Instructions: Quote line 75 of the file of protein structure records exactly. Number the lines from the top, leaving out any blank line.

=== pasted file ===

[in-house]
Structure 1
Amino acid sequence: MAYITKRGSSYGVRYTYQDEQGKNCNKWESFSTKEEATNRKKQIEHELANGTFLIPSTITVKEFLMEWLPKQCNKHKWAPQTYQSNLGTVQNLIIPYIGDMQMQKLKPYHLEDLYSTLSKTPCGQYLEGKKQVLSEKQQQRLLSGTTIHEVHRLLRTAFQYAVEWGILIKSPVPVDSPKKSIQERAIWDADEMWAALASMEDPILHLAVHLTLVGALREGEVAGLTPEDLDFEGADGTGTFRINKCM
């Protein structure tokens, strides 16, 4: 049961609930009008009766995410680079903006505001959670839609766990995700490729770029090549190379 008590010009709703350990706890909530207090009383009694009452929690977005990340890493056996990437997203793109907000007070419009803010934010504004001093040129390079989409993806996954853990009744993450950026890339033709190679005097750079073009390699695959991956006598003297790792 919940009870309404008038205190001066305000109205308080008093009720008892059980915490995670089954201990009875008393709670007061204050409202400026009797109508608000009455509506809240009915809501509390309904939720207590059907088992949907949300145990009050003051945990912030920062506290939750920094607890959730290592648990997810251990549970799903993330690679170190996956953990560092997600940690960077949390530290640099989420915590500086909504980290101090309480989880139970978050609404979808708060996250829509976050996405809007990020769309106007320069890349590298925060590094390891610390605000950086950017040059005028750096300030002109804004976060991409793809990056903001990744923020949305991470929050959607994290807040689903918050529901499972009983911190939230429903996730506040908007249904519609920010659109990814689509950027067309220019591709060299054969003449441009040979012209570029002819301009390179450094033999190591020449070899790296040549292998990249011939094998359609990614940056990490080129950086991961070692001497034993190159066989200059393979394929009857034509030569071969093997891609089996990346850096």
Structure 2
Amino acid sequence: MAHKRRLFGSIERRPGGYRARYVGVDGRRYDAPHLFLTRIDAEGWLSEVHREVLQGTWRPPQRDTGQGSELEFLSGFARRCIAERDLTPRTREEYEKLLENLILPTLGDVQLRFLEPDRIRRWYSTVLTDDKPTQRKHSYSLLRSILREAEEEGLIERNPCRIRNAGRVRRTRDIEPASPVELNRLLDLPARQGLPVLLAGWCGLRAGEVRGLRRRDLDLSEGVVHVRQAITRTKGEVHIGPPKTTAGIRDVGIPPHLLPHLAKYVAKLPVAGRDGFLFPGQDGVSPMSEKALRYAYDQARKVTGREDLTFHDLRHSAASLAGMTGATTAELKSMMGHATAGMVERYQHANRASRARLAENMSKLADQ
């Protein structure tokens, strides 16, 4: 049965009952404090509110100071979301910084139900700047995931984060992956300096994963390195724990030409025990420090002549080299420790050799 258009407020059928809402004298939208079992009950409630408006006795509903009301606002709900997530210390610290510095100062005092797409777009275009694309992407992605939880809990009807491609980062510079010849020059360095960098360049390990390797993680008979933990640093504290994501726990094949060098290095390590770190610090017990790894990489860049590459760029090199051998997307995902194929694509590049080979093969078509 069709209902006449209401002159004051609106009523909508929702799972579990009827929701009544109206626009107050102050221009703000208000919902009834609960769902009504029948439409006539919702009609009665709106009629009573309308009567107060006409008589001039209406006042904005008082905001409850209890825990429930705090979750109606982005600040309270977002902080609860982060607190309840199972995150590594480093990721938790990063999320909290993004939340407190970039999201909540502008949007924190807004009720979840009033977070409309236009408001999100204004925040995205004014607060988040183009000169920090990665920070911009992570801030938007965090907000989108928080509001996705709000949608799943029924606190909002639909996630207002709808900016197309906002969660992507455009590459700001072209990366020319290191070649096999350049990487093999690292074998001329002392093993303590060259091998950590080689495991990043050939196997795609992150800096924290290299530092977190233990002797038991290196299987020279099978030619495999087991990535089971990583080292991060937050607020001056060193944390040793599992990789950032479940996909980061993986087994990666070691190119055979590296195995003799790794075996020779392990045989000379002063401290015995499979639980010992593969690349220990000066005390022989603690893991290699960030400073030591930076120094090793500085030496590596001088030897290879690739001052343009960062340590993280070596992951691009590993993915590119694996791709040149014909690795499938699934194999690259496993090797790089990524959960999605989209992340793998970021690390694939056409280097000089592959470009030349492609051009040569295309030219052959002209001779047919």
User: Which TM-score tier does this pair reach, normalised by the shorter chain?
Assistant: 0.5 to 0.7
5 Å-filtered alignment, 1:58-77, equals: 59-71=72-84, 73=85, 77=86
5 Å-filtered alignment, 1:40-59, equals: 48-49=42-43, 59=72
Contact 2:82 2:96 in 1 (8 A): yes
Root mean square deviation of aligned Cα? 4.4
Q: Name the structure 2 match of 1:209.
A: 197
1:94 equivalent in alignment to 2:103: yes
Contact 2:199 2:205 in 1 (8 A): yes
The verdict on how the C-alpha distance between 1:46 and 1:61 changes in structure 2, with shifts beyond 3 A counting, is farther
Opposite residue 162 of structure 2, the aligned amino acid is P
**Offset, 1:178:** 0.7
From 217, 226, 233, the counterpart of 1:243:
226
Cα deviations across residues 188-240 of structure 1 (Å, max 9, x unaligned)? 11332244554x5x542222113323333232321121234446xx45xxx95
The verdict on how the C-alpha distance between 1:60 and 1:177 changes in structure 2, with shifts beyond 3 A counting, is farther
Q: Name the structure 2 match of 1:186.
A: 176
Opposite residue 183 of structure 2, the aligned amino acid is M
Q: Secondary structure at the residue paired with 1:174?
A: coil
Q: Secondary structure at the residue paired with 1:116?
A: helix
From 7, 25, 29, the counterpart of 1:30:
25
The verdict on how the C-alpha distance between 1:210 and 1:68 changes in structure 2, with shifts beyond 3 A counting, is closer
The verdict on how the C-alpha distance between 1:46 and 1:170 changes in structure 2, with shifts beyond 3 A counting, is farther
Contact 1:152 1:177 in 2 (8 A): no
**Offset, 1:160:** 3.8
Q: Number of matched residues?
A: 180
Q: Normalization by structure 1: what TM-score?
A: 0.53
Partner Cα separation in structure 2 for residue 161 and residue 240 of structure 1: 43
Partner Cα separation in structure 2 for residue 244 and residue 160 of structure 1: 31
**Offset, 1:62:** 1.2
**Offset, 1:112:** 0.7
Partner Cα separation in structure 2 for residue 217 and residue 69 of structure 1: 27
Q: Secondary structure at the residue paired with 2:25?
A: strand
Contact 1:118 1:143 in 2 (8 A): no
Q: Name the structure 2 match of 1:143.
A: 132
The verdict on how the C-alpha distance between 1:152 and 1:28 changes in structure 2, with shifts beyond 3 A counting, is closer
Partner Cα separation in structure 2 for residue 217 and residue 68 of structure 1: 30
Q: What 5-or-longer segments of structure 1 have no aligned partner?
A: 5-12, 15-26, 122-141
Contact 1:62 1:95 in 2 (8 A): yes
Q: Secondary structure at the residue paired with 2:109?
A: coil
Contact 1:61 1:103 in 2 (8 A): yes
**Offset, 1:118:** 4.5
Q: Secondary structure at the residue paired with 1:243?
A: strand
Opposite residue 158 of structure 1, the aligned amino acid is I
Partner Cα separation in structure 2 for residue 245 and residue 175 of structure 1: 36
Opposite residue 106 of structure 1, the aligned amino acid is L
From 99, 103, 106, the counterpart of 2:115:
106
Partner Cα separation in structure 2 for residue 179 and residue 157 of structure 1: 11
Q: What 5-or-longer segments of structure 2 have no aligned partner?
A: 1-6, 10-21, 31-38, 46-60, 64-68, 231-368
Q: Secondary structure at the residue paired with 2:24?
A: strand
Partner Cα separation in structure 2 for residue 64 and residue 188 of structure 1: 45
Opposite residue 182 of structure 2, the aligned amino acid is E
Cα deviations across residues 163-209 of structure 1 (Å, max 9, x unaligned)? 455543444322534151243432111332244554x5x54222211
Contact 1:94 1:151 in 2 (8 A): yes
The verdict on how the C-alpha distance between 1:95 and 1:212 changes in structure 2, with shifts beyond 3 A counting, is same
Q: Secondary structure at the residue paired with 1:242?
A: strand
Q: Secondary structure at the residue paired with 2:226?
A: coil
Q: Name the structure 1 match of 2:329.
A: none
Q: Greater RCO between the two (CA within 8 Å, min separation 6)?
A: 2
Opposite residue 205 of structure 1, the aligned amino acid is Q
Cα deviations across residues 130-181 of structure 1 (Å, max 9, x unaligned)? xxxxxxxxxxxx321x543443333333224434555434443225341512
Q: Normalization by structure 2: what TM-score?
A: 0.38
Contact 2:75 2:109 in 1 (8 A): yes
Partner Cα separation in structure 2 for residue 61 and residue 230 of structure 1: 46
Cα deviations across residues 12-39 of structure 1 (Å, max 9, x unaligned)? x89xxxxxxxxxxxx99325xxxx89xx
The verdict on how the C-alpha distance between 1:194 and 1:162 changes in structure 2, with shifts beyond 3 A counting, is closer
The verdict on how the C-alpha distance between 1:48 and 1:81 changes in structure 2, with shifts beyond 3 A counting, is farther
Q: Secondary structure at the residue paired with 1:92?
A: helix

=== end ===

Cα deviations across residues 163-209 of structure 1 (Å, max 9, x unaligned)? 455543444322534151243432111332244554x5x54222211